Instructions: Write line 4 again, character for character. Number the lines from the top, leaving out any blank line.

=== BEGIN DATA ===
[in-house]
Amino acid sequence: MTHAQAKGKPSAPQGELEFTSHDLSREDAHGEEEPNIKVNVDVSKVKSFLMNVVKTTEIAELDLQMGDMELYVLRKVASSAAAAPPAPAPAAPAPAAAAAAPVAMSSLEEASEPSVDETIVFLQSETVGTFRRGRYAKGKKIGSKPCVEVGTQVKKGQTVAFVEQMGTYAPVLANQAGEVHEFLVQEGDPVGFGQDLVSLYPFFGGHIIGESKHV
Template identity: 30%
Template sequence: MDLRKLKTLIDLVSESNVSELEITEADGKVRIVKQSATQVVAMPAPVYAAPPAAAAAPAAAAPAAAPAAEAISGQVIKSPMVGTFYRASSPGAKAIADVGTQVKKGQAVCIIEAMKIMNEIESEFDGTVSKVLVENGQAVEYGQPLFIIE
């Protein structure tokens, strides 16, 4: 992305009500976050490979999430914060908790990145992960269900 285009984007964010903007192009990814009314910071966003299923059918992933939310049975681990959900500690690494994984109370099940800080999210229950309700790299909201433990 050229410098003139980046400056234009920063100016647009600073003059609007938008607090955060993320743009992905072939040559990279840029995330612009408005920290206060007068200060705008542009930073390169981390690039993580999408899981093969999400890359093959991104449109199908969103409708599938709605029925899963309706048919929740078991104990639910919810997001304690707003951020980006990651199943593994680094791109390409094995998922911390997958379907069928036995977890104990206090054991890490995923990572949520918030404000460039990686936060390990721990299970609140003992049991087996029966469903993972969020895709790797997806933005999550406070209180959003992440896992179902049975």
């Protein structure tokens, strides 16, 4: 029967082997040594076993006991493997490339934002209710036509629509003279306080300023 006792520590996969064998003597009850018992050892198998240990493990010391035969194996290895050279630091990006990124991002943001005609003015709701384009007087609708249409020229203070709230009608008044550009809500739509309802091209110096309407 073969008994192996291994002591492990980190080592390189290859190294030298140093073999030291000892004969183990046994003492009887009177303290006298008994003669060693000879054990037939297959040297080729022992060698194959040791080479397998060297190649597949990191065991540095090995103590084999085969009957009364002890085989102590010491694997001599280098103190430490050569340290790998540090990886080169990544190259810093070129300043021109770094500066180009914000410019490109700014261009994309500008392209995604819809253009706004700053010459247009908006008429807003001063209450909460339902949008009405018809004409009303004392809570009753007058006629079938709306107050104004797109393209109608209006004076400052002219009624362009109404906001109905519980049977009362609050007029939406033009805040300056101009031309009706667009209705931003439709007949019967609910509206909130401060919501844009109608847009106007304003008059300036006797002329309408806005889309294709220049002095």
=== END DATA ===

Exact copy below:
Template sequence: MDLRKLKTLIDLVSESNVSELEITEADGKVRIVKQSATQVVAMPAPVYAAPPAAAAAPAAAAPAAAPAAEAISGQVIKSPMVGTFYRASSPGAKAIADVGTQVKKGQAVCIIEAMKIMNEIESEFDGTVSKVLVENGQAVEYGQPLFIIE